Sergio Marchionne, the former head of Fiat Chrysler Automobiles who is credited for saving Chrysler and Fiat has passed away today at age 66 due to complications from shoulder surgery.
“Unfortunately, what we feared has come to pass. Sergio Marchionne, man and friend, is gone,” said FCA Chairman John Elkann in a statement this morning.
Marchionne came into the spotlight back in 2004 when he was named CEO of Fiat. He was Fiat's fifth CEO in less than two years and had a big task ahead of him. The Italian automaker was struggling as it had lost more than 6 billion Euros (about $7 billion) the year before. Marchionne was somehow able to pull Fiat from the brink by closing various plants, laying off thousand of workers, getting a $2 billion payment from General Motors to settle past contractual obligation, and expanding the company's car lineup. It worked as Fiat would become profitable a year later.
In 2009, Marchionne led Fiat to acquire a 20 percent stake into beleaguered Chrysler following the 2008 financial crisis. Only a few years later, Fiat would buy up the rest of Chrysler and become Fiat Chrysler Automobiles. He would oversee the reinvention of Alfa Romeo, expand Jeep into other markets, and spin off Ferrari into its own separate company. Other parts of FCA haven't quite worked out, most notably Chrysler and Dodge which has seen both of their lineups shrink.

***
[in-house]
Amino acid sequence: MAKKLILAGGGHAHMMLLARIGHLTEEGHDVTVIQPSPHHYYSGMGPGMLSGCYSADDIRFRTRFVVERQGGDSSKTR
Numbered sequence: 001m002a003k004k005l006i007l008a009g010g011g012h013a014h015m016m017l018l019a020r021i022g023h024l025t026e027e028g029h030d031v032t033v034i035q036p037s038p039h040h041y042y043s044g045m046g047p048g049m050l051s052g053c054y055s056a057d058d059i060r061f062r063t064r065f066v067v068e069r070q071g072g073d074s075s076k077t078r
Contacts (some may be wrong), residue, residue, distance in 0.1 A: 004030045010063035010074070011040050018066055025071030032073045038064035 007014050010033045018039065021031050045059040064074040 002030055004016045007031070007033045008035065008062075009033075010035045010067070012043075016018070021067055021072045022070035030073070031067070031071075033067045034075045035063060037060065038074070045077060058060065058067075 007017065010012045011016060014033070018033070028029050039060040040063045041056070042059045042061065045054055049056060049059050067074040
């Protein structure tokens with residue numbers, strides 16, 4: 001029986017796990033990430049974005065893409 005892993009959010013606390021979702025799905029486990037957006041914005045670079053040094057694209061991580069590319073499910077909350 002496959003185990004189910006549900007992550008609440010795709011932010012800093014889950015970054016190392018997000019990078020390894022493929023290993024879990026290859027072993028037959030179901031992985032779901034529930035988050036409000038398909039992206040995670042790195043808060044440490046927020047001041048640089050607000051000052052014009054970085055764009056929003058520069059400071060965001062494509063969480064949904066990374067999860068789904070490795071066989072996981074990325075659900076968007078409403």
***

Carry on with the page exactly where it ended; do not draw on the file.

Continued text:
Marchionne was not like your normal CEO. He was known for wearing black pullover sweaters and jeans which made him stand out at various events. Marchionne was also known for being direct and speaking his mind (for better or worse).
Next April, Marchionne was planning to step down as CEO and announce his replacement. But health complications over the weekend caused FCA to decide his successor. That person would be Mike Manley, head of Jeep and Ram Trucks.